Screen Shot 2018-04-24 at 7.01.56 PM
Title Screen

I went for a combination of a Golf game with territory based war game (think Crusader Kings / Europa Universalis, or maybe RISK). It’s made for 2 to 4 players who take turns to play, the first country to occupy 10 territories wins the match.

In order to try to occupy a territory, you must land your ball on it, every turn the player decides the direction and power of his shot. The outcome depends on the stats of his country.

You can also invade other player’s territories, where the success of the invasion depends on the Military stat of each country. Countries also have other 2 stats: Logistics affects how far your shots will fly (with Great Britain being the best on this) and Leadership affects how accurate your shots are.

Game Screenshot
In-Game

Since I knew in advance my time would be extremely limited during the span of the compo, I went for my usual toolkit: Phaser2 + ES6. All art was done on GIMP, basically a lot of repetitive work extracting the different countries from a colonial map of Africa, and some flags and UI stuff.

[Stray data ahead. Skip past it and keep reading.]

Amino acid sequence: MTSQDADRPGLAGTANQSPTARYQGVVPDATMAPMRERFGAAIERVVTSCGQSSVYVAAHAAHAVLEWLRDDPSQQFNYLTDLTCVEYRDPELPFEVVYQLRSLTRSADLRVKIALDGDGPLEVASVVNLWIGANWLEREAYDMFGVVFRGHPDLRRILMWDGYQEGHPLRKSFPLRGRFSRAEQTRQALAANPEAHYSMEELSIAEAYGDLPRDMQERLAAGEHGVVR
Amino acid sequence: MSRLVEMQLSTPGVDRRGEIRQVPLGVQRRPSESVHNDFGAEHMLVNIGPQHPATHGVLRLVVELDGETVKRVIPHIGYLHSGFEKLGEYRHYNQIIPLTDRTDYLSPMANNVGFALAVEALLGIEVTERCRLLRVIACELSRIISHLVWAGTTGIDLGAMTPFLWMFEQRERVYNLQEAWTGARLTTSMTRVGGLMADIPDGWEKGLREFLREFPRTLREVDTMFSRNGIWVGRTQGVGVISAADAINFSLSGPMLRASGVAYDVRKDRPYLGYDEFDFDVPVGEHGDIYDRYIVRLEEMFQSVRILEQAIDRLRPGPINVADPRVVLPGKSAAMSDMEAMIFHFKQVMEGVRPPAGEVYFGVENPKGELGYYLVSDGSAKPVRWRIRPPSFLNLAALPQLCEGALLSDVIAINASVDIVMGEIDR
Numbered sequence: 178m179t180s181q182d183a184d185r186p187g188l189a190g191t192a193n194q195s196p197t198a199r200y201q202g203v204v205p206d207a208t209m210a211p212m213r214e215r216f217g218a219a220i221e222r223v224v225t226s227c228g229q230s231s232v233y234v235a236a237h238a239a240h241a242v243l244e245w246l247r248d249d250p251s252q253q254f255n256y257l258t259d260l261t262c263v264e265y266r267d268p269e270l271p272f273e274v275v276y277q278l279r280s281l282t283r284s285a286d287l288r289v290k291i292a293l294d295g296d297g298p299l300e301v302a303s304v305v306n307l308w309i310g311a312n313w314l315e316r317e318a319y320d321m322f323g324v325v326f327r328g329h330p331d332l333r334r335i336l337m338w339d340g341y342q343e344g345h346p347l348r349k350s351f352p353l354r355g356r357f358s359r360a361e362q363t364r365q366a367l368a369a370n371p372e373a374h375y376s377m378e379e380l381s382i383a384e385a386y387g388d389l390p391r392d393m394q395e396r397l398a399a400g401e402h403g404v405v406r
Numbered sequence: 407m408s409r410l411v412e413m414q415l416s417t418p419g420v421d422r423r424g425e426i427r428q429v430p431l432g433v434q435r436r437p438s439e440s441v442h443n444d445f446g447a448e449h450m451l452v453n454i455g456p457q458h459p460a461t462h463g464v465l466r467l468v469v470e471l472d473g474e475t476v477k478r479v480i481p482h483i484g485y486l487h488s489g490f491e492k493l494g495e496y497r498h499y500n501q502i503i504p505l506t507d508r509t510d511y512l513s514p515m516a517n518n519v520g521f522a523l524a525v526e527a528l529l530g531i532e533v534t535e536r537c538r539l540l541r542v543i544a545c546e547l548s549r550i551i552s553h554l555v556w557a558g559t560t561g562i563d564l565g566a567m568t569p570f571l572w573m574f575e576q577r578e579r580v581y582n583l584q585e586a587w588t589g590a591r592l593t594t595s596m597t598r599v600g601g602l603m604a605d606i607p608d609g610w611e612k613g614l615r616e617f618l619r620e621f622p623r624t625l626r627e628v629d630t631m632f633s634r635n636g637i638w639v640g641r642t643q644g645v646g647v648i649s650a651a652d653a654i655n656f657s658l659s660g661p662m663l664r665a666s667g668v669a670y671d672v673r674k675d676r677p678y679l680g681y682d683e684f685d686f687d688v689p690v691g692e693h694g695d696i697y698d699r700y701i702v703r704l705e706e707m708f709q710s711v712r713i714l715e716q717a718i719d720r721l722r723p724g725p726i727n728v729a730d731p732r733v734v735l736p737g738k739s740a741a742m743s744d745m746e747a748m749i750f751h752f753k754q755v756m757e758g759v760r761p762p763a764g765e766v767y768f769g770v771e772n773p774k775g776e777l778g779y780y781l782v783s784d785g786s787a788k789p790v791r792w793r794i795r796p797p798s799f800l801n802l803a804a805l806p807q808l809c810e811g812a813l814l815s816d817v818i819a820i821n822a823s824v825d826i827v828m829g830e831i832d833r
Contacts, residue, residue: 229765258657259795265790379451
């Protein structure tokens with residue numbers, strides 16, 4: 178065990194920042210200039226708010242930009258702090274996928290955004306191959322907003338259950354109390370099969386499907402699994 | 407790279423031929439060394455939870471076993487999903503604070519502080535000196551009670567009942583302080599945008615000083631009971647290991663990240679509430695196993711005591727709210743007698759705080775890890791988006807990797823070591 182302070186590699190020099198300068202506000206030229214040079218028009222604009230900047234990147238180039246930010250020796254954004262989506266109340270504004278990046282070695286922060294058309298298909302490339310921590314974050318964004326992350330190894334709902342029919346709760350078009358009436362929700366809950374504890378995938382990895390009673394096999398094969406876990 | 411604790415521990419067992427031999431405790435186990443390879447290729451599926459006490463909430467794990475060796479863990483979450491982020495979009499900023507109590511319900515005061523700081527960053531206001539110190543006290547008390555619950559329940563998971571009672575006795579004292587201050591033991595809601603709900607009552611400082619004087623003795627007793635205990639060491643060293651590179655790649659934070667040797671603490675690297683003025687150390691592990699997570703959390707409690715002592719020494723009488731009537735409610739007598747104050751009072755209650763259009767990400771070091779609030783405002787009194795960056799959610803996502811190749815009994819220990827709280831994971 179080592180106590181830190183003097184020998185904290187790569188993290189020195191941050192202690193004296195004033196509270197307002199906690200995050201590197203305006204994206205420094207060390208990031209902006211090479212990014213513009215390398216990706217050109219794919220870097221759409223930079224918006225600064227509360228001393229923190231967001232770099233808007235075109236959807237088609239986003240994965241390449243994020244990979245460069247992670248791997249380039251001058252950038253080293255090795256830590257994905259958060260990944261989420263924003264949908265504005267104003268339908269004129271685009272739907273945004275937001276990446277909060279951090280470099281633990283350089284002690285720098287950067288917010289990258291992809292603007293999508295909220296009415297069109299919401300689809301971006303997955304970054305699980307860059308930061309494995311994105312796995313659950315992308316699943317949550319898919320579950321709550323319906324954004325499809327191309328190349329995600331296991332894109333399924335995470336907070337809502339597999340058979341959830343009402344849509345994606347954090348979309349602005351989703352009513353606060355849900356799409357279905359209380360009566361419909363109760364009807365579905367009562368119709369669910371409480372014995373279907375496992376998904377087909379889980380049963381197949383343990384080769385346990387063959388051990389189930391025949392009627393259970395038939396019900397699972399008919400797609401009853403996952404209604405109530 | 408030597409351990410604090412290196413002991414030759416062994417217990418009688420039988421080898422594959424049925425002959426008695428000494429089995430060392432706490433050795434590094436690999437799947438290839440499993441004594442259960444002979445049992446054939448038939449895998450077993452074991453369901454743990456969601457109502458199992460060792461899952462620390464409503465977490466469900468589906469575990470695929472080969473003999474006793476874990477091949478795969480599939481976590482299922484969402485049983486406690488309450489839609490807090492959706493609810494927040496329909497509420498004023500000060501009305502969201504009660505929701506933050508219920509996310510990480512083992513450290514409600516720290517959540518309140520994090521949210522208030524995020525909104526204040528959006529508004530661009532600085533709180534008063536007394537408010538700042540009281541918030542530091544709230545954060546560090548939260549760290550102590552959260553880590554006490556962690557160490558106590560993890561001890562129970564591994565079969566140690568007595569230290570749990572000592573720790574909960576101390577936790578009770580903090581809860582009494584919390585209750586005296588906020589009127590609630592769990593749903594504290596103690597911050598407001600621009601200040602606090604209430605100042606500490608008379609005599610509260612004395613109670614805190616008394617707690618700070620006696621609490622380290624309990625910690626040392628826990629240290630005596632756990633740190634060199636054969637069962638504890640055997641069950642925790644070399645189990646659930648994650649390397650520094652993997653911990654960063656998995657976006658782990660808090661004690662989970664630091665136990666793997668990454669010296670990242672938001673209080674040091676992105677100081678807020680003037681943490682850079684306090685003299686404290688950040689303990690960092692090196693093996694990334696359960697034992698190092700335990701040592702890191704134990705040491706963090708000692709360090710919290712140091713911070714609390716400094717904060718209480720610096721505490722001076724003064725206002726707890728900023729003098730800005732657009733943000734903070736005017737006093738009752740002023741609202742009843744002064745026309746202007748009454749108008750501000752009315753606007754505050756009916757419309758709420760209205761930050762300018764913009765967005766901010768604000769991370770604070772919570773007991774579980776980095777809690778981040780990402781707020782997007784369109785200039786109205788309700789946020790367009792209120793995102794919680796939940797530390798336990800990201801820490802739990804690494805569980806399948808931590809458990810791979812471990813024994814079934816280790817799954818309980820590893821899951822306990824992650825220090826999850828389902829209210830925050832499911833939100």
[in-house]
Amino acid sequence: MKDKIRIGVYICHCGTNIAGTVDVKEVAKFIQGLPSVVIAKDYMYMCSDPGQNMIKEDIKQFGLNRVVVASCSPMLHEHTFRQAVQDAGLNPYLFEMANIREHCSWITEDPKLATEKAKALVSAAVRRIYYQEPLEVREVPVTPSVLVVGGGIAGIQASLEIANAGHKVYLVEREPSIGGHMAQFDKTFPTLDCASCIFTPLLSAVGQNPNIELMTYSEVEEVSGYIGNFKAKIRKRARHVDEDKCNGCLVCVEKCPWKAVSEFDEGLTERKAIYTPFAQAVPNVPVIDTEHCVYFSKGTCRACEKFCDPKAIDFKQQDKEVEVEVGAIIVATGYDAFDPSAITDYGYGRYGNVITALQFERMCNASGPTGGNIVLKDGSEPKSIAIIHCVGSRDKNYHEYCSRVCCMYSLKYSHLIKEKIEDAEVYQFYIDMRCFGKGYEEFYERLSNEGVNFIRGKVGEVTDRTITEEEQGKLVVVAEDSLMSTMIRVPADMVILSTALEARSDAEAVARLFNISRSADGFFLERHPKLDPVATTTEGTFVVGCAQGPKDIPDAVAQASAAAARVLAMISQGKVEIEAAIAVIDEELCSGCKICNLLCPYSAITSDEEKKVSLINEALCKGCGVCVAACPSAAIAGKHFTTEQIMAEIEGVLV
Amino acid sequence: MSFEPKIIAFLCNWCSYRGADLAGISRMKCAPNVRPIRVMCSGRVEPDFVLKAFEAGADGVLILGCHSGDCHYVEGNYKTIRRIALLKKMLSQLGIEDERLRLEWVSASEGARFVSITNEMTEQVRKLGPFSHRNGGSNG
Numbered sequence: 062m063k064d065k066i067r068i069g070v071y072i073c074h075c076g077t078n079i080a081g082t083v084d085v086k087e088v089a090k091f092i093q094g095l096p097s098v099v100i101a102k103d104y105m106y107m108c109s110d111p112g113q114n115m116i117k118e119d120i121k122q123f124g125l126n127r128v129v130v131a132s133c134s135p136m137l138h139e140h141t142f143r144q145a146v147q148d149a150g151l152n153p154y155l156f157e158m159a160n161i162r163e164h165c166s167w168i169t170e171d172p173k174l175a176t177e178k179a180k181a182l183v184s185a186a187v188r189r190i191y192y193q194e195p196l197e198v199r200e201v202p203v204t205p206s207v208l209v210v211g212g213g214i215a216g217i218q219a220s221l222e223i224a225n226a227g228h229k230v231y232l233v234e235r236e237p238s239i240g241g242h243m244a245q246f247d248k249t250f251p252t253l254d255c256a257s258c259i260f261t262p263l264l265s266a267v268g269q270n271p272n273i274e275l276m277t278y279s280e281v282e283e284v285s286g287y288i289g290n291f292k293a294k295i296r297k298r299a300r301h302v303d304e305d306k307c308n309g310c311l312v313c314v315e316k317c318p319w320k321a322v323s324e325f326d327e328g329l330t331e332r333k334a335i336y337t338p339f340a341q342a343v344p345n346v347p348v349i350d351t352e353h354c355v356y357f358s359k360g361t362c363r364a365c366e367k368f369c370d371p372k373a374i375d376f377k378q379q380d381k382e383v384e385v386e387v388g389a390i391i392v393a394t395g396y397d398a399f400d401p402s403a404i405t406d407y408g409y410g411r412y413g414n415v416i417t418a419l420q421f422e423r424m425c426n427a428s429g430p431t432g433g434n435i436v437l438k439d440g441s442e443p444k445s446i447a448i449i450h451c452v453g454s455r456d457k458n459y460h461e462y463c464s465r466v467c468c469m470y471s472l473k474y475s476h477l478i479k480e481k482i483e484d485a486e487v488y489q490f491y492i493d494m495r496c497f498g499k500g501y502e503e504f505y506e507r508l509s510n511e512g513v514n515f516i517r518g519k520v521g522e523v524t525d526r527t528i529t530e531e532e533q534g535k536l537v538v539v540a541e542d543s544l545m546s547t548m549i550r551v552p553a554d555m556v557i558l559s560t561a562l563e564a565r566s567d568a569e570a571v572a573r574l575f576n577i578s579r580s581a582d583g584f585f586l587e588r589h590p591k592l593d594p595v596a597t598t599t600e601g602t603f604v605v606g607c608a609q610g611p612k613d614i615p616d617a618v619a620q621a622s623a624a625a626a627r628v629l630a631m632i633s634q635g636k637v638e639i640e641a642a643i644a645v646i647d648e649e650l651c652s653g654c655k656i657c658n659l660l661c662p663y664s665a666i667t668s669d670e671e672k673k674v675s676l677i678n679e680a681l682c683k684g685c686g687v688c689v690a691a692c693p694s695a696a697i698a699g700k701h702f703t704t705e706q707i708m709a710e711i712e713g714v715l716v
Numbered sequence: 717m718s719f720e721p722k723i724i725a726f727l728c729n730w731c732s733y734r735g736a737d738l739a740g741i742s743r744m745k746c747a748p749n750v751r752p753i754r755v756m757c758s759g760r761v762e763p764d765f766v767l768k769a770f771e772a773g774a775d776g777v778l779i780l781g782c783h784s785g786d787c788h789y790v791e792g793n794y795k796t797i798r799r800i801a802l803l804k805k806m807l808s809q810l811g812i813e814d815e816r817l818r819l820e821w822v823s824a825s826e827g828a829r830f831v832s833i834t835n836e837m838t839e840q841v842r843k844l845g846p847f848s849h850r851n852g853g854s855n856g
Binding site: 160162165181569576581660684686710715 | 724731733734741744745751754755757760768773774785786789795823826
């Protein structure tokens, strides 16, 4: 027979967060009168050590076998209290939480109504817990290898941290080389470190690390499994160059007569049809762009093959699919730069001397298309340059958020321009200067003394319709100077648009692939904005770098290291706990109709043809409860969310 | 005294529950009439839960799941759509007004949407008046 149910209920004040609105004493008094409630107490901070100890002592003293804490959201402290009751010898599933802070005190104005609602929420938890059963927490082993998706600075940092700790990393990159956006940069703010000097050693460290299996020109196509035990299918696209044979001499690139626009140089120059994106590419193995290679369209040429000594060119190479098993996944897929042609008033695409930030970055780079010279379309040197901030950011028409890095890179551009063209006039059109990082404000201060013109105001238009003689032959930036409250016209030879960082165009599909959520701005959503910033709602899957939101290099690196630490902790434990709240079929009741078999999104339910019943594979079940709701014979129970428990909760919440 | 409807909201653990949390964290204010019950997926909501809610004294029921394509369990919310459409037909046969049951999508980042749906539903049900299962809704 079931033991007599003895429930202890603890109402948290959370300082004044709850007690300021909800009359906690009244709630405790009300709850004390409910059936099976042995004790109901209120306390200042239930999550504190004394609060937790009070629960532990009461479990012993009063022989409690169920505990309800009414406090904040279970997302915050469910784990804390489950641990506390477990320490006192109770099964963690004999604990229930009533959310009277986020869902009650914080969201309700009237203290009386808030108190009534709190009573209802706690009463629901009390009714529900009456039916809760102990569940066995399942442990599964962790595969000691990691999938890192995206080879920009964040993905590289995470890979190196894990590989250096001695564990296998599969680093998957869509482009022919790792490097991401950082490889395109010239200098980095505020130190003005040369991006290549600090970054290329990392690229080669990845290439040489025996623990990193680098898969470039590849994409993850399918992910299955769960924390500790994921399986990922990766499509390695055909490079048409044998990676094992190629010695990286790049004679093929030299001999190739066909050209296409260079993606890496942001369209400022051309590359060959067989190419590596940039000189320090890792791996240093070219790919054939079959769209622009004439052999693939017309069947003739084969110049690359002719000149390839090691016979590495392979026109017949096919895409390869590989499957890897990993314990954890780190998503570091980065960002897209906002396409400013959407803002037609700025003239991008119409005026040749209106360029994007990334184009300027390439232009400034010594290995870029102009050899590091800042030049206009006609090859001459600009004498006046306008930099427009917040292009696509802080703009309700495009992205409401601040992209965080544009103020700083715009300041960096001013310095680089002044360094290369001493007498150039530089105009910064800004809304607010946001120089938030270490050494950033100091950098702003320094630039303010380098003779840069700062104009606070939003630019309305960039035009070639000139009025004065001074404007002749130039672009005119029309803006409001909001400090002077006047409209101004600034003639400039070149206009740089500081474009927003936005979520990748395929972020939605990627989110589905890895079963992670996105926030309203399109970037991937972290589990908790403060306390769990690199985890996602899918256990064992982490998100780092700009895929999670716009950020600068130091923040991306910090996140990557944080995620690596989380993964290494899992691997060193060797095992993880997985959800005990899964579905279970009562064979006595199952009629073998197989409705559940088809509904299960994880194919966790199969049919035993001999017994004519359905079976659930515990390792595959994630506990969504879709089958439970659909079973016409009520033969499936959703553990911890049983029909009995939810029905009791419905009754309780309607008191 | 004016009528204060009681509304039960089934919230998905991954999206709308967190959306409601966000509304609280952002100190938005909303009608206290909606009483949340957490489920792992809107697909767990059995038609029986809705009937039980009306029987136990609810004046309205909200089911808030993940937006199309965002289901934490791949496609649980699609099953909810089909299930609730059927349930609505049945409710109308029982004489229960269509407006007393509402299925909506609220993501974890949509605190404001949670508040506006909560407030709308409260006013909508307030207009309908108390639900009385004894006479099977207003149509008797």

Africa-colonial1
Colonial Africa

Due to the “weird” square and “high” resolution of the game (as in being about 800x800px, high for browser games standards) ended up doing a lot of work to make sure it would display fine on browsers with a smaller window height (you’d be surprised this is still very common in 2018) as well as the fancy retina displays which always mess up with scaling calculations.

This one went from ideation to fully complete product in less than 12 hours. I’m really happy how it turned out. Here are some areas where this could be expanded in case I work back on it ion the future: